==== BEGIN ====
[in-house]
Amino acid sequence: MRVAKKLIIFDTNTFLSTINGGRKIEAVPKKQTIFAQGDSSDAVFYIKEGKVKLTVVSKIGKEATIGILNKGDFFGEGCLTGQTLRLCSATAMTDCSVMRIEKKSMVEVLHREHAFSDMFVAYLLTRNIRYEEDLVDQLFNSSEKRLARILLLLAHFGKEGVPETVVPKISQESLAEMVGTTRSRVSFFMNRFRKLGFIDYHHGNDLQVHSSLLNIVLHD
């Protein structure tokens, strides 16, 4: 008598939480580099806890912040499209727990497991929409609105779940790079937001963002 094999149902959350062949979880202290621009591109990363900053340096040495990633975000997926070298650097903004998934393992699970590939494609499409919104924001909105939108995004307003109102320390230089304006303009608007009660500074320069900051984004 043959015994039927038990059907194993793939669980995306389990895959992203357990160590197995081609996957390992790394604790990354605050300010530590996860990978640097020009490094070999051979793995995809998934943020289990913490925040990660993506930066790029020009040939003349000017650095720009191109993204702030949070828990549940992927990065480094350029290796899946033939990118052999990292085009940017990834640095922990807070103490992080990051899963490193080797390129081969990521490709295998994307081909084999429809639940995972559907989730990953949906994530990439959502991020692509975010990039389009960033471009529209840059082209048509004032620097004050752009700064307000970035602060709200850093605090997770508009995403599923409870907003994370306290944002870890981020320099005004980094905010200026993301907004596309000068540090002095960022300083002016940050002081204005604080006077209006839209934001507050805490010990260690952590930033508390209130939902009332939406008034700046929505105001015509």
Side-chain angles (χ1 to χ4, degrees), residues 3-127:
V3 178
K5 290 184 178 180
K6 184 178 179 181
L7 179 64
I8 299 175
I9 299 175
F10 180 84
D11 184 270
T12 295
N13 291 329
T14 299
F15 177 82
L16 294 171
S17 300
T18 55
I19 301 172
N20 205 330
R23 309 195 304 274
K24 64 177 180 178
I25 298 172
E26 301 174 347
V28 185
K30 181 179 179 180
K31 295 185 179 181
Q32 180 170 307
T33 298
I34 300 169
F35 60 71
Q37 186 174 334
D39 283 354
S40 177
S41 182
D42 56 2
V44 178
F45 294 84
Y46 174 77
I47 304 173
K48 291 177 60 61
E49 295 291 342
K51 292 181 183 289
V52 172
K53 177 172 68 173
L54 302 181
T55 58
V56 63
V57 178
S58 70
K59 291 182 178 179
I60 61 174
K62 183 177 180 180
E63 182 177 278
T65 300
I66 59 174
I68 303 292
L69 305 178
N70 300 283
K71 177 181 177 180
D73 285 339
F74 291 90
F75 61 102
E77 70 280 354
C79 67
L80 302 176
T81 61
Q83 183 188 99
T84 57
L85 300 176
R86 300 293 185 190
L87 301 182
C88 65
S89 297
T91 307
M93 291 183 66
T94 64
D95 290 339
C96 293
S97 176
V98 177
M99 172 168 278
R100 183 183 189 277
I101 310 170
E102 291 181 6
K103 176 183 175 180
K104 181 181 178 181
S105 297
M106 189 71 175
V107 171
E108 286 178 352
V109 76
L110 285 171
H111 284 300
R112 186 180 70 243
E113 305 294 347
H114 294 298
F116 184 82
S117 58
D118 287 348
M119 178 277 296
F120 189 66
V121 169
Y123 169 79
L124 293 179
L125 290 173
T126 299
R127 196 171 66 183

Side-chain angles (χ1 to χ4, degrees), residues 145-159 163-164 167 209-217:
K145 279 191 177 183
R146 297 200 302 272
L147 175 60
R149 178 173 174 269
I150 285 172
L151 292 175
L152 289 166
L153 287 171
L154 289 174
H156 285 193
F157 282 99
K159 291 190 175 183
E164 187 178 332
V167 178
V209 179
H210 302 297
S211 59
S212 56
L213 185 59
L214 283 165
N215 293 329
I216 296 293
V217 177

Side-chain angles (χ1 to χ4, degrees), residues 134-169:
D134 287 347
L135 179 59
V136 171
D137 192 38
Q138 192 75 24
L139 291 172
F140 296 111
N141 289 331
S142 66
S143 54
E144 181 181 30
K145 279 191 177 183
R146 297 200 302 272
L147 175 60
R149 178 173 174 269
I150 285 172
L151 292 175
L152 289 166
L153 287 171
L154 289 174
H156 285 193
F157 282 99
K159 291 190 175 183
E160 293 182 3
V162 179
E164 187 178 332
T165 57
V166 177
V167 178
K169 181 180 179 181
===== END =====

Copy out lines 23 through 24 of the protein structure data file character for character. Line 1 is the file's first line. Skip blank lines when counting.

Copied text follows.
K24 64 177 180 178
I25 298 172